Amitabha and Kshitigarba

Unidentified artist

Not on view

The combination of the Amitabha Buddha (Korean: Amita) and the bodhisattva Kshitigarbha (Korean: Jijang)—on the right and left, respectively, standing under a canopy—is the only known example of this iconography in Goryeo Buddhist painting. A more typical composition features these two figures with the bodhisattva Avalokiteshvara (Korean: Gwaneum), forming a triad in which Amitabha is the central deity, or just the two bodhisattvas. Both deities in this painting enjoyed a strong following during the Goryeo dynasty due to the popularity of Pure Land Buddhism. Amitabha Buddha offered the promise of easy salvation and entry into the Western Paradise; Kshitigarbha provided guidance and redemption in death and the afterlife.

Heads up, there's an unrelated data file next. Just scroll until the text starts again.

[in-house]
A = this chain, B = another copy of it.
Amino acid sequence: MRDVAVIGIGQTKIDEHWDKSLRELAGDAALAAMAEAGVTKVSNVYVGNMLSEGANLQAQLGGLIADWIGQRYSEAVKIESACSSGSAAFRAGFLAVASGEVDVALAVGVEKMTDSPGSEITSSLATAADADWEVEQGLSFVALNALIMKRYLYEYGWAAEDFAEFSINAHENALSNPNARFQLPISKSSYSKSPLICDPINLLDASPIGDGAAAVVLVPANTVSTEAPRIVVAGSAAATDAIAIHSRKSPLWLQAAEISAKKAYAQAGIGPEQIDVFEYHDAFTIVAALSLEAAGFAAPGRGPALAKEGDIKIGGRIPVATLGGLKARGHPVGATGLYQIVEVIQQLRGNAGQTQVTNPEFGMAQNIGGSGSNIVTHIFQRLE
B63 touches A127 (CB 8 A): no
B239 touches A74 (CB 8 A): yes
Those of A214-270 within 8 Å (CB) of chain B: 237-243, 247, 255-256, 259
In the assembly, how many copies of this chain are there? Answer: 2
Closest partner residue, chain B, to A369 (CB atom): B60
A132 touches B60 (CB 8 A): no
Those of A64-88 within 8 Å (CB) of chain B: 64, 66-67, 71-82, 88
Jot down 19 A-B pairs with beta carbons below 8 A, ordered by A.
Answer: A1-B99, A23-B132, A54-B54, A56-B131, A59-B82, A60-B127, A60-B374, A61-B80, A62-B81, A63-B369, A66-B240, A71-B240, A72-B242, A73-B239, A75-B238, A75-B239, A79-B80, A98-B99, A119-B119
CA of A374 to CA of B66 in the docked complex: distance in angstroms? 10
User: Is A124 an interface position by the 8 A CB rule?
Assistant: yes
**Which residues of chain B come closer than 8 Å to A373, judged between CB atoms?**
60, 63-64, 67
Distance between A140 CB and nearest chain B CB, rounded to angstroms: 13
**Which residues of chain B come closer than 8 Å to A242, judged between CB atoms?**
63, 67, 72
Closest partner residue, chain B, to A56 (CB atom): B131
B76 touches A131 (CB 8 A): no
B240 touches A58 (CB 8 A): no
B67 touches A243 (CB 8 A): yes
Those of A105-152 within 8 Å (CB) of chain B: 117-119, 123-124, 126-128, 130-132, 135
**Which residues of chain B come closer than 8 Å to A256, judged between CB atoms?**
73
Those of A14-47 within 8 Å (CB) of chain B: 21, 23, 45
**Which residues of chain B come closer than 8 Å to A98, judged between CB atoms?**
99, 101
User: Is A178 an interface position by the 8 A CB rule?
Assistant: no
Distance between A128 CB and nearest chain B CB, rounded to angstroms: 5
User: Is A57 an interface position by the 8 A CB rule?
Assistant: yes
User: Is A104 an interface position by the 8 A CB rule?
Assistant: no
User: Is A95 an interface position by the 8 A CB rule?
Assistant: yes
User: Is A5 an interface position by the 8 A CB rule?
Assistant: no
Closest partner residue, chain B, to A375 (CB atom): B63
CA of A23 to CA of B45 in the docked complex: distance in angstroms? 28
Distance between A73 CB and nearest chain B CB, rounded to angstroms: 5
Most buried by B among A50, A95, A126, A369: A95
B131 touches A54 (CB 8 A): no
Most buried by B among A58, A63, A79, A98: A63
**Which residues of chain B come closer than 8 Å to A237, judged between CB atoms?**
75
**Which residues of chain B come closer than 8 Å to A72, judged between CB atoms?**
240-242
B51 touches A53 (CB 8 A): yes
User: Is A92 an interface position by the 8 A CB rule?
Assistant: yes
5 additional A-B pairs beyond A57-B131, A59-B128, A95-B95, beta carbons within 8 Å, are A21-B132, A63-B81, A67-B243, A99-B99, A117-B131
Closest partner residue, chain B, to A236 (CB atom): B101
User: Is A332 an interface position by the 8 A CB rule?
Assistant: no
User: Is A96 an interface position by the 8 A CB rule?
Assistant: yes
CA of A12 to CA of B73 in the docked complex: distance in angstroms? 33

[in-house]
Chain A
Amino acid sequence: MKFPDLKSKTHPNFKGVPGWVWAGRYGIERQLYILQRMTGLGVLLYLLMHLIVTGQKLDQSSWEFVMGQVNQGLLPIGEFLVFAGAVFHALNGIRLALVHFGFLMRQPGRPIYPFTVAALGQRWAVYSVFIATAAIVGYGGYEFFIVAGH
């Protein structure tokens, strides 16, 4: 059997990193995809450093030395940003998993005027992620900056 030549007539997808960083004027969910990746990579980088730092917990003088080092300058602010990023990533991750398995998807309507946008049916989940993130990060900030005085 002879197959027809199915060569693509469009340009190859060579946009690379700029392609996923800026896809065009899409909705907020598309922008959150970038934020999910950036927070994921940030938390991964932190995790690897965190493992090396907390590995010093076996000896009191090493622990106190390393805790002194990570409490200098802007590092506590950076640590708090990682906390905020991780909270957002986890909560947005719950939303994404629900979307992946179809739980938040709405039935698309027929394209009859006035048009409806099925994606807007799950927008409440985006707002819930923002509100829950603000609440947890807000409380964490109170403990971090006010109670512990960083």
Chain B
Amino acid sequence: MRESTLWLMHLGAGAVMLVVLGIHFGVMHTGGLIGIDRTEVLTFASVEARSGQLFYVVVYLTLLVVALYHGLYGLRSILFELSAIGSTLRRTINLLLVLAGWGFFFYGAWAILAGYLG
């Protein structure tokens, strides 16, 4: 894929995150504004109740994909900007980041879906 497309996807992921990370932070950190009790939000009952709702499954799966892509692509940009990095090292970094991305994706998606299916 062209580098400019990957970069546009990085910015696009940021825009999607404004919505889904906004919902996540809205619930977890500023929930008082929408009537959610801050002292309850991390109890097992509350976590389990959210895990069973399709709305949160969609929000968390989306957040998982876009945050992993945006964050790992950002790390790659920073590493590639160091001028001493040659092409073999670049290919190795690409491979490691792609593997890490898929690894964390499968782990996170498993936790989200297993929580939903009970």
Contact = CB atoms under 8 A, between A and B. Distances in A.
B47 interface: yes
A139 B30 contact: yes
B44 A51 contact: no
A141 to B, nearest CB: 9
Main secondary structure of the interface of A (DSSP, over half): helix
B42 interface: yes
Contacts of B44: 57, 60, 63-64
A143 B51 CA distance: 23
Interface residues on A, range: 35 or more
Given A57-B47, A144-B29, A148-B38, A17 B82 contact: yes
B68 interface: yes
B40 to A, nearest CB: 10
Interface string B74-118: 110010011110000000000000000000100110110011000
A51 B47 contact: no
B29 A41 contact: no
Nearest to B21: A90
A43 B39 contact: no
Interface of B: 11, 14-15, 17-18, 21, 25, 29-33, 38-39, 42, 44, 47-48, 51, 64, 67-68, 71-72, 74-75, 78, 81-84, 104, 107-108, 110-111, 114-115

Buddhist paintings of the Goryeo dynasty were renowned for their delicacy, refinement, and exquisitely rendered gold-painted designs. Pigments were applied to the front and back of the silk, intensifying their hues and luminosity (though some have faded from exposure to light over time).

Amitabha and Kshitigarba, Unidentified artist, Hanging scroll; ink and color on silk, Korea

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